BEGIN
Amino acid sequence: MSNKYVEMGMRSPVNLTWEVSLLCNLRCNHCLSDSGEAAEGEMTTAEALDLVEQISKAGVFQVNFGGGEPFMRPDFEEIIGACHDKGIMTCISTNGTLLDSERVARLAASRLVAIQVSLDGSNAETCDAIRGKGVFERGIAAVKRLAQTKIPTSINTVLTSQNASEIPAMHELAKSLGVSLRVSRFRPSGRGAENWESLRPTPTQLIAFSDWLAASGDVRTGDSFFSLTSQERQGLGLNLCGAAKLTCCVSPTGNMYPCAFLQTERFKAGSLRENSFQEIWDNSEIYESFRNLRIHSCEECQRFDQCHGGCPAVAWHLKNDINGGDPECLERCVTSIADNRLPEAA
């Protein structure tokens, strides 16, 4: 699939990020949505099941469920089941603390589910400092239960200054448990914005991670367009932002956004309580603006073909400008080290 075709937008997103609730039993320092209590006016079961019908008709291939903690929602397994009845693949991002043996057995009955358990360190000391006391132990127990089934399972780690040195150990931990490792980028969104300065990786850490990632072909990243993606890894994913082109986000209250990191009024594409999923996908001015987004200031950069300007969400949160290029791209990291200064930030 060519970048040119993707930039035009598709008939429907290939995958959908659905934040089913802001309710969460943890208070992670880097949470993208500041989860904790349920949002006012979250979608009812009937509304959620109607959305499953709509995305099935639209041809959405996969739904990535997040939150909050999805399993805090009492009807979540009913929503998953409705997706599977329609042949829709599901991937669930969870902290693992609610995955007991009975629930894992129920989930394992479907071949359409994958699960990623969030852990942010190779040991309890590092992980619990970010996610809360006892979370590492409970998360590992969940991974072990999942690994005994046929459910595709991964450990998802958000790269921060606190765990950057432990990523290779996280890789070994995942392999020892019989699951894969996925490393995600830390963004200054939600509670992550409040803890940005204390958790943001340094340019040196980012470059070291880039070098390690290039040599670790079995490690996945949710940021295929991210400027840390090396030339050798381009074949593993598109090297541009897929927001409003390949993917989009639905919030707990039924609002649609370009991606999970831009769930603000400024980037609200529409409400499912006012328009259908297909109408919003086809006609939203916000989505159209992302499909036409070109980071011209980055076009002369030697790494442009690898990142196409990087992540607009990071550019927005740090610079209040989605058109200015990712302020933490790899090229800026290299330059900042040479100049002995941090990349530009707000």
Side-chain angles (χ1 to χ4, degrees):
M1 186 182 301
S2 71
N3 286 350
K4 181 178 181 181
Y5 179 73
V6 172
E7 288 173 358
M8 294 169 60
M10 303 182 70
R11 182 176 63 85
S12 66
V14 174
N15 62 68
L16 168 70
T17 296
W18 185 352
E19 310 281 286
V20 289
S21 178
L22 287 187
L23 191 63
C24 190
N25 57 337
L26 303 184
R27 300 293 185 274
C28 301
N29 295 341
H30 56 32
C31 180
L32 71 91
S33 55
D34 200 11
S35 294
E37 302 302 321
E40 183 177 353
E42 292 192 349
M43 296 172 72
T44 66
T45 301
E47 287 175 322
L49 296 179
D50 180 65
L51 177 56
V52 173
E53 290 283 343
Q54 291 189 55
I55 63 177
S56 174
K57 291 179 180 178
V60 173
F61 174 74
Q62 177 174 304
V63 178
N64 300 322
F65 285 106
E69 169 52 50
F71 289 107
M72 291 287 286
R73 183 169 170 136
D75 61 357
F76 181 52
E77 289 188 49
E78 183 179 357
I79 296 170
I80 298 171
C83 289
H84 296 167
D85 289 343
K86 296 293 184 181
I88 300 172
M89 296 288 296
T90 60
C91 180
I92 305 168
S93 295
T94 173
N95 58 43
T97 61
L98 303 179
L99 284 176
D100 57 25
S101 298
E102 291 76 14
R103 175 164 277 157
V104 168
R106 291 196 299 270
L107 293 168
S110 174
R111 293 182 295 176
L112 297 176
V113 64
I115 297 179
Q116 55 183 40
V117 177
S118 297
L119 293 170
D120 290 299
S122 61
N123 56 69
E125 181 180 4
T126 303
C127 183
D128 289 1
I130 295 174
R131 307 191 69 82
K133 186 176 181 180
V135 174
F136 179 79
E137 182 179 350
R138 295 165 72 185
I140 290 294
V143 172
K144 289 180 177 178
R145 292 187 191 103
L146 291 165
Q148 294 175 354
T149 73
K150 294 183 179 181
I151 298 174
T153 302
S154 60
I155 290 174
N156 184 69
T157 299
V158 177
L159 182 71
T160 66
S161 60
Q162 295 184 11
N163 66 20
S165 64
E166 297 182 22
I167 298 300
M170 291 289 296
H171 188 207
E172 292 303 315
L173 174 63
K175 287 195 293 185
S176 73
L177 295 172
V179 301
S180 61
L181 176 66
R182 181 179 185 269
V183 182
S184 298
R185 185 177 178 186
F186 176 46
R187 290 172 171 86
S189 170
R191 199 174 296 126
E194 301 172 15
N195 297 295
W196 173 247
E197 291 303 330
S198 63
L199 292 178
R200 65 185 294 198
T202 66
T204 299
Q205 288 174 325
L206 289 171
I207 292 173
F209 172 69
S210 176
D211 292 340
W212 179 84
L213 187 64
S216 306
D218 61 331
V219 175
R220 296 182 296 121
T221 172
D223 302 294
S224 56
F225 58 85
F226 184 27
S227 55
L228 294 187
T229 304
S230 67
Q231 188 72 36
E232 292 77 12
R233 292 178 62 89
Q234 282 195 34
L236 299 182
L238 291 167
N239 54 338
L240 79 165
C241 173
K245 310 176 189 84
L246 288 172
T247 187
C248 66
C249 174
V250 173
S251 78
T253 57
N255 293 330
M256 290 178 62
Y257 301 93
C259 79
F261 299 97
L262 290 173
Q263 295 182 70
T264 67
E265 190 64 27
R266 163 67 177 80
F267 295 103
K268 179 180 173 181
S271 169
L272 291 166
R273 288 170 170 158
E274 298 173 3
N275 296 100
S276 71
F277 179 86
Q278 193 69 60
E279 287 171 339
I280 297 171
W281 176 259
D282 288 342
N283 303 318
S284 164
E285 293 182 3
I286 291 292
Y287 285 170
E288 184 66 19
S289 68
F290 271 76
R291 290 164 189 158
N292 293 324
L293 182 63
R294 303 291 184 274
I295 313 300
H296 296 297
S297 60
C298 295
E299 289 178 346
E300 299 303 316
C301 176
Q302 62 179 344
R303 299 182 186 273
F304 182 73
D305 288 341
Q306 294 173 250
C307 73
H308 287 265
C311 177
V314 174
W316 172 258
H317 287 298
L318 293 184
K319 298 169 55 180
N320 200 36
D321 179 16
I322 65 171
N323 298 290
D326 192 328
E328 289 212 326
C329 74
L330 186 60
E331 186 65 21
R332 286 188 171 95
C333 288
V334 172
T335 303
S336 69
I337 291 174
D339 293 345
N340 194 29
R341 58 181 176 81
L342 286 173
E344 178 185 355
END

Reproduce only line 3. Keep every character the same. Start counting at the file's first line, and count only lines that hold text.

Side-chain angles (χ1 to χ4, degrees):